Whereas consumer losses almost invariably exceed retail losses, the two were considered jointly because retail losses are partially a result of consumer preferences (e.g., avoiding slightly blemished fruits or vegetables) and because retailers can reduce the waste of food they purchase and distribute through practices similar to those of consumers (e.g., not overstocking shelves, not pulling food from shelves before the expiration dates, donating unspoiled food to people in need, or giving food scraps to animals) [30]. Restaurants also waste post-production food by serving large portion sizes, stocking for extensive menus, and offering limitless buffets at a fixed price.
Although water wasted by the residential/business and commercial/industrial sectors were not a focus of this paper, a California Efficiency Study [31] indicated that about 18% of residential water is lost to leaks alone. A more detailed analysis of water wasted by both the commercial/industrial and residential sectors in California estimated that reductions of almost 40% were feasible [32]. As a means of addressing the extended drought in California, the governor mandated a 25% reduction in water use by the state’s residents and businesses as of April 2014 [33]. Some water districts within the state actually surpassed the mandated reduction, suggesting that cutbacks of direct water use by residents in excess of 25% are possible, if not probable, on a statewide basis.

3.3. Conservation Alternatives

In considering the alternatives to conserve local blue water, the demand side of the equation normally focuses on reducing direct water use by residences and businesses. Whereas tracking reductions in water use for this sector is the most practical, it is not necessarily where the greatest water savings can be achieved. The impact of various conservation alternatives for reducing the local blue water footprint is shown in Figure 3. Because the state has mandated reductions in direct water use of 25%, the same reduction was applied to food waste and to biofuel usage to generate the three bars on the lower portion of the graph. Because biofuels require such a small fraction of the state’s local blue water, there is little reduction in the footprint from curtailing their use. By contrast, a 25% reduction in food waste has a greater impact on reducing the local blue water footprint than the same reduction in direct water use by residents and businesses.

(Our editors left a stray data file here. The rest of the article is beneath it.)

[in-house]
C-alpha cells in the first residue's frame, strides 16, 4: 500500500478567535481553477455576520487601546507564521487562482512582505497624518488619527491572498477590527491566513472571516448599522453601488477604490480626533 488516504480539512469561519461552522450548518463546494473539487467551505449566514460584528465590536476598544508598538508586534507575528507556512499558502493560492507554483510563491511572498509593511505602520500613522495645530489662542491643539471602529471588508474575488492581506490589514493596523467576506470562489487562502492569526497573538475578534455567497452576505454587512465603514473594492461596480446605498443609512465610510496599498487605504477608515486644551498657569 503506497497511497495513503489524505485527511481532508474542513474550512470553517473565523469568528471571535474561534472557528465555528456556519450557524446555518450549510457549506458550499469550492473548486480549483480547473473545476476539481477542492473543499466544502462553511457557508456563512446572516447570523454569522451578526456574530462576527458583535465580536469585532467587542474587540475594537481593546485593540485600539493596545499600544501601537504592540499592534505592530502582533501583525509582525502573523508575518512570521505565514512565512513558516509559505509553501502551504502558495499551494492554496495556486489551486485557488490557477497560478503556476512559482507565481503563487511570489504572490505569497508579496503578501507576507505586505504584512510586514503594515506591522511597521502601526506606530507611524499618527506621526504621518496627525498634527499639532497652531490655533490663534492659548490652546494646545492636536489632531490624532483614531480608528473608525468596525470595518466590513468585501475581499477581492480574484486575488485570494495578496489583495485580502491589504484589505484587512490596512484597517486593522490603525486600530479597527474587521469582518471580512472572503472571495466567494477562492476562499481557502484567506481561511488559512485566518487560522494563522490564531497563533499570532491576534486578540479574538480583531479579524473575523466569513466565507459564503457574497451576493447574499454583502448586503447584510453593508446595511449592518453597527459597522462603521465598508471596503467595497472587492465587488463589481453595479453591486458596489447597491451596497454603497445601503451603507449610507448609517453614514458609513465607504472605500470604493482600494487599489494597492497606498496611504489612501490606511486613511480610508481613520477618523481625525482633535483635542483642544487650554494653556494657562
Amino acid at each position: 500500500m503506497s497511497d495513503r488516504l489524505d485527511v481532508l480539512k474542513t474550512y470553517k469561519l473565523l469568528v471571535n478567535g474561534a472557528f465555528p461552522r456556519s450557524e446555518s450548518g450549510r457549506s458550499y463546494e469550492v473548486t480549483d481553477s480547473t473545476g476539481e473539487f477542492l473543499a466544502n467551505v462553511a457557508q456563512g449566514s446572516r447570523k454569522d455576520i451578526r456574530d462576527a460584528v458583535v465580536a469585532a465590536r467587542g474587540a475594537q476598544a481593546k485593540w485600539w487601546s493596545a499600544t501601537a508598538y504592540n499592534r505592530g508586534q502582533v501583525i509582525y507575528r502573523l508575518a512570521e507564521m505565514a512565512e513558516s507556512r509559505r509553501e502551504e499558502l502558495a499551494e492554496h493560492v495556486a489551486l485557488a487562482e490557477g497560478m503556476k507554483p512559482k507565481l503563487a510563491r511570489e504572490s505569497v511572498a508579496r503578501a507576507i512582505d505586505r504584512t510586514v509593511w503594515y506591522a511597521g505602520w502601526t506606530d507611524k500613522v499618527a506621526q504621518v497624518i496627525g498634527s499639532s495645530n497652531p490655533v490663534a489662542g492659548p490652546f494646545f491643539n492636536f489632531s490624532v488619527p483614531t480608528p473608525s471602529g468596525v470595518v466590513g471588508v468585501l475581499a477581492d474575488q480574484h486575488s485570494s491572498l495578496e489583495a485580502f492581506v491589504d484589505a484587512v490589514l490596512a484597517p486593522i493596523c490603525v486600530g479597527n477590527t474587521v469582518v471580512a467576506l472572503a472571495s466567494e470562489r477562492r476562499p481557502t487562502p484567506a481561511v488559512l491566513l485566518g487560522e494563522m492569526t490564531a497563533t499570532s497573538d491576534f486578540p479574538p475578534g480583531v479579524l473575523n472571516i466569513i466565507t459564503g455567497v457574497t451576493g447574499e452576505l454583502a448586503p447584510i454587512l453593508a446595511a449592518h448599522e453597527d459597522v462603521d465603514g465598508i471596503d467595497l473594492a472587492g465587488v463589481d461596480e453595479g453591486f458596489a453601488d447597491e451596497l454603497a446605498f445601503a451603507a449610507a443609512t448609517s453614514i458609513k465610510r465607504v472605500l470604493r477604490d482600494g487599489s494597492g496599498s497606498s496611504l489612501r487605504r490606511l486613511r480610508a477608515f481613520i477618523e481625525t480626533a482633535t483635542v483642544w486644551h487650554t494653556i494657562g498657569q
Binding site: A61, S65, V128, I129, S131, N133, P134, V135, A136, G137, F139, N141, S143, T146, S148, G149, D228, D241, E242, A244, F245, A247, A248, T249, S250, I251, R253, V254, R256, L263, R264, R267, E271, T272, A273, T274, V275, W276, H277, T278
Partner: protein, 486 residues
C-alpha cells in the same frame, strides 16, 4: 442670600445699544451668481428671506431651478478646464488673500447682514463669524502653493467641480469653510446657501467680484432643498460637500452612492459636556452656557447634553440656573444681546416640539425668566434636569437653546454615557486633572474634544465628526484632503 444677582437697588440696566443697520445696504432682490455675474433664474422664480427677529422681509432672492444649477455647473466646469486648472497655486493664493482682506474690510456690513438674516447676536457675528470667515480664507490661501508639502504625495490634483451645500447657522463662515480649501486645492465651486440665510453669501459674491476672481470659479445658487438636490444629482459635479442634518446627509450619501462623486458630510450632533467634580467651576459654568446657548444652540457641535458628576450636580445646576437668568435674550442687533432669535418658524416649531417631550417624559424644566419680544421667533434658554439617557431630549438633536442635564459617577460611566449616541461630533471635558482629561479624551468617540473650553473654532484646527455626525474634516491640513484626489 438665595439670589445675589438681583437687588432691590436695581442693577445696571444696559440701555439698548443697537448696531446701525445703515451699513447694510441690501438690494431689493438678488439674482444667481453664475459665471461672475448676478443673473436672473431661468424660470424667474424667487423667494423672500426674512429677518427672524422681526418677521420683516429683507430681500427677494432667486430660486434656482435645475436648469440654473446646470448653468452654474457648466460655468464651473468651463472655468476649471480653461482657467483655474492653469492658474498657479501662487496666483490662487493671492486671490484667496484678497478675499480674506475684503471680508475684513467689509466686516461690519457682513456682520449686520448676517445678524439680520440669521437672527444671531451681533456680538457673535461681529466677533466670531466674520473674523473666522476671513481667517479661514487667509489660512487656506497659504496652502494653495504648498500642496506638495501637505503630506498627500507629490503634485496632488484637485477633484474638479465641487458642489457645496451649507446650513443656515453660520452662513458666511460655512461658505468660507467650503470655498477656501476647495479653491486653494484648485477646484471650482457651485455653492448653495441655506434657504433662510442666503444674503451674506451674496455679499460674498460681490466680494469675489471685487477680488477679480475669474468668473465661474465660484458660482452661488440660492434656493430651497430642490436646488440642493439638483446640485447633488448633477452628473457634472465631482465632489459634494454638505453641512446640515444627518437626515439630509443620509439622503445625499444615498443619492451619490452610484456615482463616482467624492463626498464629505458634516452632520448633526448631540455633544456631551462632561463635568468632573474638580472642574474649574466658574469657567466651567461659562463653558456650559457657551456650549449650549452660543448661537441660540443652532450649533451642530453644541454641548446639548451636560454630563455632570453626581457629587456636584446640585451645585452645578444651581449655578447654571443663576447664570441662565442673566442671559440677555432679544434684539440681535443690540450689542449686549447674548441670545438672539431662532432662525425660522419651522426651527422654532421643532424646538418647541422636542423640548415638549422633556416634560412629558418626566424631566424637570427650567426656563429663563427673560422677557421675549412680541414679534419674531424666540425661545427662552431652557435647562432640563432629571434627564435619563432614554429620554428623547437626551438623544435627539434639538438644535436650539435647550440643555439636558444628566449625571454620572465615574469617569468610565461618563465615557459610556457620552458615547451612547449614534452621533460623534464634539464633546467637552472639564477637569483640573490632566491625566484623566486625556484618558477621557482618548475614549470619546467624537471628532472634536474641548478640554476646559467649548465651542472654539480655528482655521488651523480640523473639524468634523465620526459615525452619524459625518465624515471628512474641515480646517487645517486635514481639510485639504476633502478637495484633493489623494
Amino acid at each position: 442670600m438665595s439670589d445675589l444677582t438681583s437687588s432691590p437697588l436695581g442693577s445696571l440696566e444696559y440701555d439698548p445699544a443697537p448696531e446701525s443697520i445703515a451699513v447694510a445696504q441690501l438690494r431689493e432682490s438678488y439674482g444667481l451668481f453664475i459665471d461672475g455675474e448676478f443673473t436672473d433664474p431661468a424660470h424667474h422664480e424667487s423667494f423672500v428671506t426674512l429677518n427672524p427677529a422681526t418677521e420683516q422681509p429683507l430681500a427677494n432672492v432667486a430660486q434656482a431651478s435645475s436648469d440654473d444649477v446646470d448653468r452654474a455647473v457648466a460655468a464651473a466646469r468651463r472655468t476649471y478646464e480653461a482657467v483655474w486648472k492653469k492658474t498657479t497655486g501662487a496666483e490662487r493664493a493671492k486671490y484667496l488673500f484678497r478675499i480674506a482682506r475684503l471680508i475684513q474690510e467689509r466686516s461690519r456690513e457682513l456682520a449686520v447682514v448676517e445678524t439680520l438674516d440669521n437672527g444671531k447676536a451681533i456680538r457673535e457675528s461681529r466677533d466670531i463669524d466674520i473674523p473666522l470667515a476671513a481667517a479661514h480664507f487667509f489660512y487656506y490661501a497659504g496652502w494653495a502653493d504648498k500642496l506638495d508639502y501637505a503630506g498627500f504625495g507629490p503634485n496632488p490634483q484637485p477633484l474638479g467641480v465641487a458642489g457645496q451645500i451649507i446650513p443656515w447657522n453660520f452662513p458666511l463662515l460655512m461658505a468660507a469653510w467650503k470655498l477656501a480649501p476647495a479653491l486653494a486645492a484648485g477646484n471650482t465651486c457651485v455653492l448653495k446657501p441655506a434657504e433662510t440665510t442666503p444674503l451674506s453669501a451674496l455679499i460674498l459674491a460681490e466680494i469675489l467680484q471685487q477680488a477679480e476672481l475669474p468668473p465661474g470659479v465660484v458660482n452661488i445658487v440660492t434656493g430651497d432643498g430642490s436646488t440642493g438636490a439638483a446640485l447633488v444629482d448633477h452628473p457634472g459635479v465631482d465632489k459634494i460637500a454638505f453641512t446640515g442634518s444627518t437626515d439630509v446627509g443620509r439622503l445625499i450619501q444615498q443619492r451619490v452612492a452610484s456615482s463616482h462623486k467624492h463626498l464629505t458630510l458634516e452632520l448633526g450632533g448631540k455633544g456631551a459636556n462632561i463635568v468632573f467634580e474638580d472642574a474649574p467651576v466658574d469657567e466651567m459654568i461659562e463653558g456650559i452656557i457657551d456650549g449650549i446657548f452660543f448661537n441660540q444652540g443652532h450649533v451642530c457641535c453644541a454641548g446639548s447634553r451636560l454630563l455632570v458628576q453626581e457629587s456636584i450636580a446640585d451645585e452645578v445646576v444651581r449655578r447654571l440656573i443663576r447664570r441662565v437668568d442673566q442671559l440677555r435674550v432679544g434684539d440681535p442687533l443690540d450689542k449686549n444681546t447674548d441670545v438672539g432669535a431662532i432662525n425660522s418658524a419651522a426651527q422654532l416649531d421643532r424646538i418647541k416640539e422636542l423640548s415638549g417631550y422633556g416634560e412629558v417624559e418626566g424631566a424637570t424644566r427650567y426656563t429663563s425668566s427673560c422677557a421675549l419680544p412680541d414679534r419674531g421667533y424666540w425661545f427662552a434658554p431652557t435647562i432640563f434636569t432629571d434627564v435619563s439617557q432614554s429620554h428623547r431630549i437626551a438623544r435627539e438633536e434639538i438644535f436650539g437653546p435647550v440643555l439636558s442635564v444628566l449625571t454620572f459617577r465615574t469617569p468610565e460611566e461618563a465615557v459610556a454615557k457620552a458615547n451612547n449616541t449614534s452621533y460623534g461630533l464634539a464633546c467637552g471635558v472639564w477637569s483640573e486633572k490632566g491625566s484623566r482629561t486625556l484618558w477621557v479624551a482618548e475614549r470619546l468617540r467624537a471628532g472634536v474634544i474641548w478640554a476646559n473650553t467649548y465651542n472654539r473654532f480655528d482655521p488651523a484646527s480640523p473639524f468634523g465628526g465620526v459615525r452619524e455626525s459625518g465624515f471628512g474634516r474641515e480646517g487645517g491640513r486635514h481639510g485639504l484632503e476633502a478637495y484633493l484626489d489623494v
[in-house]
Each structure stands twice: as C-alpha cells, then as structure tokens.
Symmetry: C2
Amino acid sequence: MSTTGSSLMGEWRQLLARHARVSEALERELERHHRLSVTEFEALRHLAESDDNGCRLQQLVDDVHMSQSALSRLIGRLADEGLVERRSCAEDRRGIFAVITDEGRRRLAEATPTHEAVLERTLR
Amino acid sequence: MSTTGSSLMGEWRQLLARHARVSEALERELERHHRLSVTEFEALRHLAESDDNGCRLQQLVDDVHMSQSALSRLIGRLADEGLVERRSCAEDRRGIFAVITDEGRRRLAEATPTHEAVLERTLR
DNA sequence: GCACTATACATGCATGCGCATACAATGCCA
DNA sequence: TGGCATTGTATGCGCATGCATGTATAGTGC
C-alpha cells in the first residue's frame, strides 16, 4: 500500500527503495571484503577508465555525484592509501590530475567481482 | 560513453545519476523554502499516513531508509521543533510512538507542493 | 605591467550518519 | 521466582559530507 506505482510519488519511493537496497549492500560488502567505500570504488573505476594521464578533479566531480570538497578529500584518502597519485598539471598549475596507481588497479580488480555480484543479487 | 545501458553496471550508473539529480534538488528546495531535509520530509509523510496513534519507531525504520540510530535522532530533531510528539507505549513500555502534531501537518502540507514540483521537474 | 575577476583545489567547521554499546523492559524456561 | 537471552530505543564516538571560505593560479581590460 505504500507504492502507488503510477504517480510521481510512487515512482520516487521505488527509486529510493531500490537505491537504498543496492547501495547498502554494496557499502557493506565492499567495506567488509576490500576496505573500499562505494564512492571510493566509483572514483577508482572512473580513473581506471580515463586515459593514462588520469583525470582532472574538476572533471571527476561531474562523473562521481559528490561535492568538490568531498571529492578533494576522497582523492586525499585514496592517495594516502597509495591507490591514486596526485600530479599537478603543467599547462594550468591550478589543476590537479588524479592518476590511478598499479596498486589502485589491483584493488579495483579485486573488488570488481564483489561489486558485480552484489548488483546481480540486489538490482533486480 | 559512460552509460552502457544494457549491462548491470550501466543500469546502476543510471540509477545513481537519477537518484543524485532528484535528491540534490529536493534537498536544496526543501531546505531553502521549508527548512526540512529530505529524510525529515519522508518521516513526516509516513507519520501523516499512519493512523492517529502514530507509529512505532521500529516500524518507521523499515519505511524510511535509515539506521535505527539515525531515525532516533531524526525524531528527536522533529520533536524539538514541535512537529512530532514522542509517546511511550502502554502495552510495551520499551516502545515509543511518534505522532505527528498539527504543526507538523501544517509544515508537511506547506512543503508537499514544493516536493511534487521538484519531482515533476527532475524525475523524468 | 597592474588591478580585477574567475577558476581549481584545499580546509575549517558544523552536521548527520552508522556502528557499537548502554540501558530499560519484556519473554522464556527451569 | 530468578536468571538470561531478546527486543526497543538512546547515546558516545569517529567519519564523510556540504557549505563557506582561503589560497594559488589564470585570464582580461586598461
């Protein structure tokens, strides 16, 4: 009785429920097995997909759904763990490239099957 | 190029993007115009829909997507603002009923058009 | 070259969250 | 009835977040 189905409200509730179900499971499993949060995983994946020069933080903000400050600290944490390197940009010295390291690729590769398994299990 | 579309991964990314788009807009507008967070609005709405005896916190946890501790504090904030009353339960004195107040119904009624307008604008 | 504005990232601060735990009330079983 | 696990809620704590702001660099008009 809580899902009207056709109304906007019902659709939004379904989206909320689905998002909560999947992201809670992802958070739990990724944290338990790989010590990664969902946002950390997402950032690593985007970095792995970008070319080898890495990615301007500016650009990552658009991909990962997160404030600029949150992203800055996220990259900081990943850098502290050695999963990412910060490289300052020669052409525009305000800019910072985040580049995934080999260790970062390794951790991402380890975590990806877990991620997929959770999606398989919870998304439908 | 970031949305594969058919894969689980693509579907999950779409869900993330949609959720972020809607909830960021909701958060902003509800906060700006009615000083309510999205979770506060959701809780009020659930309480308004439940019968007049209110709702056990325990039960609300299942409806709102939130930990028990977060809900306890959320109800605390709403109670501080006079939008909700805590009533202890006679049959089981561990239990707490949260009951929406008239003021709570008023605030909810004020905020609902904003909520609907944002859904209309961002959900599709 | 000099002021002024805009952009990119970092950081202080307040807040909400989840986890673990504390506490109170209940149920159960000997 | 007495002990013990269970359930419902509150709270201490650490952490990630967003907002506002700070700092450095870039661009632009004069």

Adopting a diet that includes one vegan day per week results in a decrease in the local blue water footprint that is slightly greater than that of a 25% reduction in food waste. A diet that includes just one vegan meal per day (assuming three meals total) achieves a decrease in the blue water footprint more than double that of reducing direct water use by 40% and more than 1.5 times greater than that of reducing food waste by 40%. These estimates suggest that although diets and food waste are extremely difficult to monitor, they possess a greater potential to reduce the internal blue water footprint in California than restricting residential water use. Vegetarian diets were not considered because the dataset did not distinguish between the feed destined for dairy cows and egg-laying chickens from that provided to animals butchered for their meat.
Decreases in direct water use and food waste were estimated by multiplying the volume consumed and the volume wasted, respectively, by the specified reduction factor and dividing by the total blue water consumed. Calculating the influence of a vegan diet on the blue water footprint involved decreasing the water volume for animal-based foods by 80%, multiplying by the fraction of total meals per week or per day that are vegan, and dividing by the local blue water consumed. An 80% reduction of the water associated with animal-based foods was based on the estimate that plant-based foods are a factor of 5 more water efficient than animal-based foods in providing the same number of calories [13]. Eliminating animal-based foods from a meal and replacing the lost calories with plant-based foods reduces the volume of virtual water consumed [5,12].